Tag Archives: fossil fuel

Planetary Emergency

Global energy budget from Trenberth et al 2009

This week’s lecture in my thermodynamics course for first-year undergraduate students was about thermodynamic systems and the energy flows in and out of them. I concluded the lecture by talking about our planet as a thermodynamic system using the classic schematic in the thumbnail [see ‘Ample sufficiency of solar energy‘ on October 25th, 2017 for more discussion on this schematic].  This is usually a popular lecture but this year it had particular resonance because of the widely publicised strikes by students for action on climate change.  I have called before for individuals to take responsibility given the intransigence of governments [see ‘Are we all free riders‘ on June 6th, 2016 or ‘New Year Resolution‘ on December 31st, 2014]; so, it is good to see young people making their views and feelings known.

Weather-related events, such as widespread flooding and fires, are reported so frequently in the media that perhaps we have started to ignore them as portents of climate change.  For me, three headlines events have reinforced the gravity of the situation:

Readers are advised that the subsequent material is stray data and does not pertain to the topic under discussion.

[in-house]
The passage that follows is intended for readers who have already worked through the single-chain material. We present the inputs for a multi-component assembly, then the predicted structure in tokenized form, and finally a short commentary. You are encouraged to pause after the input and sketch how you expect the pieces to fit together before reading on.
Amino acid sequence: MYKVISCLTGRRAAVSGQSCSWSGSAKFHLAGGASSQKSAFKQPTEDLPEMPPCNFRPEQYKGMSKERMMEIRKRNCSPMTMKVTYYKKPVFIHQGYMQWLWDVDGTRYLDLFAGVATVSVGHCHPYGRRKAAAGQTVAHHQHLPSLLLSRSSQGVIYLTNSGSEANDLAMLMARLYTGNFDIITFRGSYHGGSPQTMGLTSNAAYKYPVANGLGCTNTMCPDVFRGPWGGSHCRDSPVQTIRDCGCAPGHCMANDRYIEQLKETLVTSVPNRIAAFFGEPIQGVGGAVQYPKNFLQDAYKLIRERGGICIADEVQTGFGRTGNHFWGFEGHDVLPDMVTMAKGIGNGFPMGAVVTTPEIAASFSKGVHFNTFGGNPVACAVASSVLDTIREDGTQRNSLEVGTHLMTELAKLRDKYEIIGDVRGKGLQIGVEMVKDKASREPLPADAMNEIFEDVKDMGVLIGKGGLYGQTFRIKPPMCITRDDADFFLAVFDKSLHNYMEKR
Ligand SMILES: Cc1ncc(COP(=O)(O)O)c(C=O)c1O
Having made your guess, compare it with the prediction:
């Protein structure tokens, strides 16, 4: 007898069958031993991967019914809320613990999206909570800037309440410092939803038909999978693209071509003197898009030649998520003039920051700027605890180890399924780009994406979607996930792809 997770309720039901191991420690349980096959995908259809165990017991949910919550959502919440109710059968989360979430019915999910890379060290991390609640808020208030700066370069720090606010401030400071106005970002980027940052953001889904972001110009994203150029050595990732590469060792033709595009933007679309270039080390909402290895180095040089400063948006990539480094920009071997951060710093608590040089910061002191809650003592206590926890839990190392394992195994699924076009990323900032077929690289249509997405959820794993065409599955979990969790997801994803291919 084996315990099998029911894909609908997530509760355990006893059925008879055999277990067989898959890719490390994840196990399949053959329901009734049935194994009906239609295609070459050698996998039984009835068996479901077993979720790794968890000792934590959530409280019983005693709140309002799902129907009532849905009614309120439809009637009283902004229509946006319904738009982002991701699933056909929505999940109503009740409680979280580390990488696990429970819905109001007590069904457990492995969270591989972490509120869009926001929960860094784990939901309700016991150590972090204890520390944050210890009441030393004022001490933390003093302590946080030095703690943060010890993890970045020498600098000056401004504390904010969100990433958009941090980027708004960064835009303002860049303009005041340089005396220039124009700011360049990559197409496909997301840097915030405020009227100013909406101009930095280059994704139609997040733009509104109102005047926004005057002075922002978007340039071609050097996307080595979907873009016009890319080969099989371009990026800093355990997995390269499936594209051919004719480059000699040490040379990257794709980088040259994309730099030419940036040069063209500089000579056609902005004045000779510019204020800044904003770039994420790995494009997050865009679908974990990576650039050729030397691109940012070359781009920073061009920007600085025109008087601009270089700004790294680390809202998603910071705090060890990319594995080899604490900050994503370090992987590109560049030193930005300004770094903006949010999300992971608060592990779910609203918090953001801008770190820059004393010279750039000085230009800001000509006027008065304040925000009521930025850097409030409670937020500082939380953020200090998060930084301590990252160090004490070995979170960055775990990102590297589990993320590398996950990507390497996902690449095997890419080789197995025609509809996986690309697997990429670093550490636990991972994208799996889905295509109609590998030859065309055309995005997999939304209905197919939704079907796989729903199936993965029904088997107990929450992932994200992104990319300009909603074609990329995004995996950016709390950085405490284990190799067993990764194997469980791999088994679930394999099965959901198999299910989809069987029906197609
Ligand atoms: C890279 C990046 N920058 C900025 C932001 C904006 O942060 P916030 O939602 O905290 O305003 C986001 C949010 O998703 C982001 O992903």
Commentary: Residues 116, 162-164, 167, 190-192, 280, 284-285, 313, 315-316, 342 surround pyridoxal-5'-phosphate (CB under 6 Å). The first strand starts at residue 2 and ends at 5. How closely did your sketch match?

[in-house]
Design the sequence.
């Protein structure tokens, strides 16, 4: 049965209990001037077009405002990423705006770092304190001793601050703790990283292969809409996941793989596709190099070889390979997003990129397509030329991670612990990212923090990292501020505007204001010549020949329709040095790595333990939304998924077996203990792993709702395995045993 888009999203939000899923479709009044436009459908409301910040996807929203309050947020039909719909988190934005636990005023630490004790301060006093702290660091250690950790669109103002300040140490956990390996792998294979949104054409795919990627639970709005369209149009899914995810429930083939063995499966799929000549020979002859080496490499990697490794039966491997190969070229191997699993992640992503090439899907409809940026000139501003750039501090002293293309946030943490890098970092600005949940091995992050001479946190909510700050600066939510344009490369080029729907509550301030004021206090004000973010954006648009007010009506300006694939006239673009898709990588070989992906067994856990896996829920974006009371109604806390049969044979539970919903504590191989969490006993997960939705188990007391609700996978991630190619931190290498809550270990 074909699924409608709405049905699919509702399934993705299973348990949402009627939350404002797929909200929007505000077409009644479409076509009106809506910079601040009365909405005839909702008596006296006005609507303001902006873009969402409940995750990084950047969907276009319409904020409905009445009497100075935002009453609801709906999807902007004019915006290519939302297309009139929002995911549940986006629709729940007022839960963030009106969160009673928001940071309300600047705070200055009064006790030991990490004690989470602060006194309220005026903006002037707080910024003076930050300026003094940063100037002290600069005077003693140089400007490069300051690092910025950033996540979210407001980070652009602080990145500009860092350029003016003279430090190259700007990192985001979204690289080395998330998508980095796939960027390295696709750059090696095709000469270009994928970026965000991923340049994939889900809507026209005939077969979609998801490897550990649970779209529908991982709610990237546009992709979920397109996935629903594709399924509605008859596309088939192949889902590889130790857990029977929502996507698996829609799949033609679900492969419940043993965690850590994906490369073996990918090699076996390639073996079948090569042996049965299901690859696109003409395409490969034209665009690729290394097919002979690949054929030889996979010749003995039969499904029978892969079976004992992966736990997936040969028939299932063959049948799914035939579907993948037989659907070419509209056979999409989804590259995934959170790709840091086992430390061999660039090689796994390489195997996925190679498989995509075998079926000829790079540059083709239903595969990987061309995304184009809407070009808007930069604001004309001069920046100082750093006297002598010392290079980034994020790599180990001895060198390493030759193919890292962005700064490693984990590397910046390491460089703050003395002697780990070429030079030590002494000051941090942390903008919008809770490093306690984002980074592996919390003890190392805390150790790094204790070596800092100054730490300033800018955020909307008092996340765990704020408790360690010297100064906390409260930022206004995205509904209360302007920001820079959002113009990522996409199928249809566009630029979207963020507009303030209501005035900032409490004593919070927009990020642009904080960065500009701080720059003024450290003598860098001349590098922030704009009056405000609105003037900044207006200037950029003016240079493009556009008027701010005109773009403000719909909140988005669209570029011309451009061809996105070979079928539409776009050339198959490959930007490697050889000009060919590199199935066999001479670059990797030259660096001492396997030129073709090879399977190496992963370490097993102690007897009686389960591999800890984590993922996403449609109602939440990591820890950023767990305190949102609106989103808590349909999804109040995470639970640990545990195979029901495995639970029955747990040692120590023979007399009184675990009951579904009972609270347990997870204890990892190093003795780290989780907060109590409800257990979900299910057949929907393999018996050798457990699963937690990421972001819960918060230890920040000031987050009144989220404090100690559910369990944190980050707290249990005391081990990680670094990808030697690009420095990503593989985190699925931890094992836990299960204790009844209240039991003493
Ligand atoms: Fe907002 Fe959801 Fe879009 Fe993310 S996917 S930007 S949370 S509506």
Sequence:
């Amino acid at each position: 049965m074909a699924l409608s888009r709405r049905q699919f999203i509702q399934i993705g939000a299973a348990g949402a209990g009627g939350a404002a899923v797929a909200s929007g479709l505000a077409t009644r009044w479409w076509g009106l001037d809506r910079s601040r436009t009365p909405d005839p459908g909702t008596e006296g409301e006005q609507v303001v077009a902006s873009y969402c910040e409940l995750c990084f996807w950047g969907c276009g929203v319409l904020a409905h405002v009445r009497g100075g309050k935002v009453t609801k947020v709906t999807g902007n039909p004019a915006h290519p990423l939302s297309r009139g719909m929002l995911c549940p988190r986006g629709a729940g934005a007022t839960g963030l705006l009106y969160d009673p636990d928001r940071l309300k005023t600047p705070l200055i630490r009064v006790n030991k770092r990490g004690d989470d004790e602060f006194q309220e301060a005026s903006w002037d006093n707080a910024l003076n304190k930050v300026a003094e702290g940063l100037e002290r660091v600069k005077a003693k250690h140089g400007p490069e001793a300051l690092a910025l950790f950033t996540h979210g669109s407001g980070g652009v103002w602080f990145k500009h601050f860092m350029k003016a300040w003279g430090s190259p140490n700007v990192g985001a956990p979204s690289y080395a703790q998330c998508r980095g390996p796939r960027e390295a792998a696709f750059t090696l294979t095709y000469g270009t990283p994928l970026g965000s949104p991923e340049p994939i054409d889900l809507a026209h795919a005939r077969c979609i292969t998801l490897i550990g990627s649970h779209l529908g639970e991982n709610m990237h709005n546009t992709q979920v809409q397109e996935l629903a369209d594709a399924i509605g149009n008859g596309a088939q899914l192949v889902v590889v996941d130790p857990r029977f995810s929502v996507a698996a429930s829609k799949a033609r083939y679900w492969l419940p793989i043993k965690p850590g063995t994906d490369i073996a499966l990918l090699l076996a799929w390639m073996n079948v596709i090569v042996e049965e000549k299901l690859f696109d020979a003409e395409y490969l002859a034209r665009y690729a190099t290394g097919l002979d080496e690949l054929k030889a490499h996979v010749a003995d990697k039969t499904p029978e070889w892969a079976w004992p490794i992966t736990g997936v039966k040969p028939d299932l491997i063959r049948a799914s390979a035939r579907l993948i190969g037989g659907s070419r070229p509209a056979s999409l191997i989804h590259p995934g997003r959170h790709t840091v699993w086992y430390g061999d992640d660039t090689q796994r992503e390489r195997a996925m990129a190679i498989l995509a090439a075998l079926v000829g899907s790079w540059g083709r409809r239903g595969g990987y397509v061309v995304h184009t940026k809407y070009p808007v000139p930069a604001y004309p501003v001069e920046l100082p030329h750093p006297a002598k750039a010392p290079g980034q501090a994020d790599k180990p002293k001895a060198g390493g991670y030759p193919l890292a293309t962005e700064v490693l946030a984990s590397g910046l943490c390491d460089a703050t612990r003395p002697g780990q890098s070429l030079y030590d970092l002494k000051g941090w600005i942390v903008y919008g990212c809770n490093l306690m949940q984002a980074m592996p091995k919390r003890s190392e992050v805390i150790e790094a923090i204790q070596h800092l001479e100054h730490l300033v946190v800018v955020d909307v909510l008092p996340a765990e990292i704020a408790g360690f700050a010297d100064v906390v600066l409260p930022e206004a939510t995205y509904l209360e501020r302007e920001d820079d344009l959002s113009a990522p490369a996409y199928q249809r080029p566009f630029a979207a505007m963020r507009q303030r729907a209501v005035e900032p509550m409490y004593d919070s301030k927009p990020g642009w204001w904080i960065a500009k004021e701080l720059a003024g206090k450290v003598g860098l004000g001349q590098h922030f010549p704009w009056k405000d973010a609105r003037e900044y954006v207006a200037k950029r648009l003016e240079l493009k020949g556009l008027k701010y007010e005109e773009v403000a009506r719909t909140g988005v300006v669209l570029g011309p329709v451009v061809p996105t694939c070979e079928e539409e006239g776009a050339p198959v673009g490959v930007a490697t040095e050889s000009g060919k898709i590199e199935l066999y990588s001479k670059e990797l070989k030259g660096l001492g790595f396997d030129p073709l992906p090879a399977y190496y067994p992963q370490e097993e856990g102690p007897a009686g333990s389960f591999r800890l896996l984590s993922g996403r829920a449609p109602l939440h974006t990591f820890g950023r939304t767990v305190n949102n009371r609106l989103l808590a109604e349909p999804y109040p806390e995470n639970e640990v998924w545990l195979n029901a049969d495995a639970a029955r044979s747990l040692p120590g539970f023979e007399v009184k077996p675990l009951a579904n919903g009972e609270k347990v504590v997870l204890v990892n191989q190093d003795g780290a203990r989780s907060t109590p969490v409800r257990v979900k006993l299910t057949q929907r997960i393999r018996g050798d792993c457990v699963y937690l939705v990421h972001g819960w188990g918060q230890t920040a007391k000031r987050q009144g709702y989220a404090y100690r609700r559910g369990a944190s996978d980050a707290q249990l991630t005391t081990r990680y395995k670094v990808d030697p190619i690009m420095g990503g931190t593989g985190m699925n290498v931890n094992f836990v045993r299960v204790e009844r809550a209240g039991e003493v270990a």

1. The publication earlier this month of a joint report by UNICEF and the Royal College of Paediatrics and Child Health that air pollution in the UK so high that it is infringing the fundamental rights of children to grow up in a clean and safe environment; and, under the Government’s current plans, air pollution in the UK is expected to remain at dangerous levels for at least another 10 years.
  2. The warning earlier this month from the Meteorological Office in London that global warming could exceed 1.5C above pre-industrial levels within five years.  In my lecture, I highlighted that a 2C rise would be equal to the temperature 3 million years ago when sea levels were 25 to 35m high; and, a 1m rise in sea level would displace 145 million people globally [according to Blockstein & Weigmann, 2010].
  3. The suspension of construction of the new nuclear power station on Anglesey by Hitachi, which leaves the UK Government’s energy strategy in disarray with only one of the six planned new power stations under construction.  This leaves the UK unable to switch from fossil-fuelled to electric vehicles and dependent on fossil fuel to meet current electricity demand.